Issues of open government are the topic of the first post in a new blog for Rockcastle County, where a local water association has barred its customers from attending its board meetings "despite numerous protests by many of its water-user members," blogger Elmer Whitler writes on Rockcastle County News, which he says is "devoted to news and opinion on events and conditions important for improving life for all those who live in Rockcastle County." (Wikipedia map)
The KOG Blog reported on the Eastern Rockcastle Water Association about a year ago, when Attorney General Jack Conway ruled that the association was not covered by the state Open Records Act because it gets less than 25 percent of its annual revenue from the state, and is in no way subject to the Open Meetings Act. "Water users seeking admission to the monthly meetings of the ERWA board have been threatend with arrest and confronted by deputies and the Rockcastle County sheriff," Whitler writes. He notes that Kentucky has 22 non-profit water associations, which "are spending millions of taxpayer dollars they obtain through state and federal grants for water system development. There is little focused regulatory oversight in Frankfort of how these funds are spent."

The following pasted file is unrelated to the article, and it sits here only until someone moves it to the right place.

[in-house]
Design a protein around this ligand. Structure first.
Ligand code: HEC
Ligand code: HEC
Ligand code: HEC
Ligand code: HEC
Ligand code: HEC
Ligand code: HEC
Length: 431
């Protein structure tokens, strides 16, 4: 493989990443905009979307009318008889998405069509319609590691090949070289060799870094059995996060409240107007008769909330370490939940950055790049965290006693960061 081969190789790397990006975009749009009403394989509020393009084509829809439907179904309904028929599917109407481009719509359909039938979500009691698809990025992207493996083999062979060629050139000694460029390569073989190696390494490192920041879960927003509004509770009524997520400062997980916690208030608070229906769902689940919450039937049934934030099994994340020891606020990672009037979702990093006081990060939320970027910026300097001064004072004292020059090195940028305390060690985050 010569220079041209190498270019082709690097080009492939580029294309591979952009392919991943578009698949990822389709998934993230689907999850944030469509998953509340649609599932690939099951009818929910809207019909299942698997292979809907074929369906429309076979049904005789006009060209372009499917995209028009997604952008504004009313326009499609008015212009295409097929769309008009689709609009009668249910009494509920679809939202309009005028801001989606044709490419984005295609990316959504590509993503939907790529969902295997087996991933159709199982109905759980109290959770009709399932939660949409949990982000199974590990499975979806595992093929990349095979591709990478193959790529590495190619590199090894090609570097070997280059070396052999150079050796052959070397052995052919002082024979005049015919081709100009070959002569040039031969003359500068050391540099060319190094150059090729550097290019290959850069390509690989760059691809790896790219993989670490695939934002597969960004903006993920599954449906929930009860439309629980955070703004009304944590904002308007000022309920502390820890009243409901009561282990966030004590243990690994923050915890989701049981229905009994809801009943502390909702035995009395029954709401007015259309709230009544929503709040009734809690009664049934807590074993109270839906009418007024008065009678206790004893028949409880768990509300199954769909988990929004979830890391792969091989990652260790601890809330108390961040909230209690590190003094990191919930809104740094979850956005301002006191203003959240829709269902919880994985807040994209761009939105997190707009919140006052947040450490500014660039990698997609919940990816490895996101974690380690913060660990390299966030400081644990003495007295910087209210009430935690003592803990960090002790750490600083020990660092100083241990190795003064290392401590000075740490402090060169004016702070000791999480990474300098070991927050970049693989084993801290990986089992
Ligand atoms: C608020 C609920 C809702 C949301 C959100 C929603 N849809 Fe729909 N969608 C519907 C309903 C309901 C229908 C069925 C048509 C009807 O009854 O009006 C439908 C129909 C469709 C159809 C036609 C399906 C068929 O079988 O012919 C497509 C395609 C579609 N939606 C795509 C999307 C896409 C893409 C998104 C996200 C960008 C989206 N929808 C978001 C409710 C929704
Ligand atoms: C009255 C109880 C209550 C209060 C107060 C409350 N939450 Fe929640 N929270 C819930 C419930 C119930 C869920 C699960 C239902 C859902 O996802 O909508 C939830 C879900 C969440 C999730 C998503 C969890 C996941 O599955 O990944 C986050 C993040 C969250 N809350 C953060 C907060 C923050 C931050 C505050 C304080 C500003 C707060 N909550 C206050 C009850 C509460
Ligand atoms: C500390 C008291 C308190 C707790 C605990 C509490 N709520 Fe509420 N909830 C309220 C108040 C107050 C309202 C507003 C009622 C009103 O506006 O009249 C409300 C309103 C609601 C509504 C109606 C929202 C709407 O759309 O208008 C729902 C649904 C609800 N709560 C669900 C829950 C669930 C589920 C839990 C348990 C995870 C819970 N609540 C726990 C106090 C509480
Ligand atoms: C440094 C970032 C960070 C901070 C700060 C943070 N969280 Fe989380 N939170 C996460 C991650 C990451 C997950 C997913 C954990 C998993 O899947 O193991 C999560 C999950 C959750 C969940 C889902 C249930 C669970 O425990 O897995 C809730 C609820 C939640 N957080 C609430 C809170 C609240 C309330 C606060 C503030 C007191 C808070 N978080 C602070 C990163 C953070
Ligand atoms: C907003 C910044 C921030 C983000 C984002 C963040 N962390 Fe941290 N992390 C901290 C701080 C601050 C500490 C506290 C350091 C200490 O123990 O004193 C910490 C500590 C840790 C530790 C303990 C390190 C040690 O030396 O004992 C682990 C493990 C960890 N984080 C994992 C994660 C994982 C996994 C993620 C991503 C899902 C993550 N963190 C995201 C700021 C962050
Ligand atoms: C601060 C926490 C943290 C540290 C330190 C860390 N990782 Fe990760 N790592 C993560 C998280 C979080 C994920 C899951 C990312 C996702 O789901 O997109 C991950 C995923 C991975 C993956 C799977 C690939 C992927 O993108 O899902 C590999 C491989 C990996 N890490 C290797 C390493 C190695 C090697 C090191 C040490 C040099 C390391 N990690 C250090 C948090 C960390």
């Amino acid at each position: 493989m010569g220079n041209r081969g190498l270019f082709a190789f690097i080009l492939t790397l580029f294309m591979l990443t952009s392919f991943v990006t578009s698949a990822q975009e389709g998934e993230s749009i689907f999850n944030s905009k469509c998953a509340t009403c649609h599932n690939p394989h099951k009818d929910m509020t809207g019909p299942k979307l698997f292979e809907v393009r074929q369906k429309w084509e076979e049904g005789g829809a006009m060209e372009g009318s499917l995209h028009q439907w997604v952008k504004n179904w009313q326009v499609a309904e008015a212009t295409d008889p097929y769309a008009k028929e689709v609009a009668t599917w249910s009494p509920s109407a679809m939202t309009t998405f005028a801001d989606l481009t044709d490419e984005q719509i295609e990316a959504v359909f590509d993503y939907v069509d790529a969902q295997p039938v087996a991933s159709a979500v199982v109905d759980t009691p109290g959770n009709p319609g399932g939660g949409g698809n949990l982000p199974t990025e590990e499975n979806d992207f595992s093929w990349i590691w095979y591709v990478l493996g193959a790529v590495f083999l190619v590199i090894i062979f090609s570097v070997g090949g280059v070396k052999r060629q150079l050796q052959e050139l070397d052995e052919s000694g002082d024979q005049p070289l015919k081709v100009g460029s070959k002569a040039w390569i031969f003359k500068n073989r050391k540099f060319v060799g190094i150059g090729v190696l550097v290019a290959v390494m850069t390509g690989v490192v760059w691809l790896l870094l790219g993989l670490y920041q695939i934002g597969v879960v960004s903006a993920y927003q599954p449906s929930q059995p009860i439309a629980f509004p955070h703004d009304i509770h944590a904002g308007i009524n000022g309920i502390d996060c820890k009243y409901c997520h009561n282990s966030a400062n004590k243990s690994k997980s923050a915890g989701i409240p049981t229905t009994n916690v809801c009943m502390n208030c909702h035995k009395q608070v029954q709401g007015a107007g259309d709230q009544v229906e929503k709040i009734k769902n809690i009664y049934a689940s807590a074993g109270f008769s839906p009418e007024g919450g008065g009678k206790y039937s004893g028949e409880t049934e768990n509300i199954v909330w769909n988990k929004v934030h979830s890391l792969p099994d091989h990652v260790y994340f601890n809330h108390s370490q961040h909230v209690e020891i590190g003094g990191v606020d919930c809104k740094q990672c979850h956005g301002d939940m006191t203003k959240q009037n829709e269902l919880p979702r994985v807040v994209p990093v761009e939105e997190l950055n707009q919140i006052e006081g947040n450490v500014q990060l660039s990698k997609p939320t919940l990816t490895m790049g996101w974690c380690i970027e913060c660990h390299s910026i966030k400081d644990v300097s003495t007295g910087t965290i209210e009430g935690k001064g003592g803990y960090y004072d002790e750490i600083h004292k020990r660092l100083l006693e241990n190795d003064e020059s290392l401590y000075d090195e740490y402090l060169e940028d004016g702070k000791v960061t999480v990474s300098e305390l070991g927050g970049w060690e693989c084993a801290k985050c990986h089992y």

Whitler is director of research for the Office of Rural Health Policy in the medical school at the University of Kentucky. His work is separate from his blog, but informs it. He writes, "The abuse of openness and the public's right to know is most prevalent in counties that are characterized as high-poverty, low-education, and low-job-opportunity counties. There is a long tradition in these counties of the use of negative forms of political manipulation and control over meager economic resources. It seems that high levels of poverty, illiteracy, and low civic participation are necessary for this form of destructive politics to thrive. This whole process is aided and abetted by keeping the local citizens ignorant of what is being done." Elmer Whitler is trying to change that in his community. Does your community face similar problems? What are you doing about them?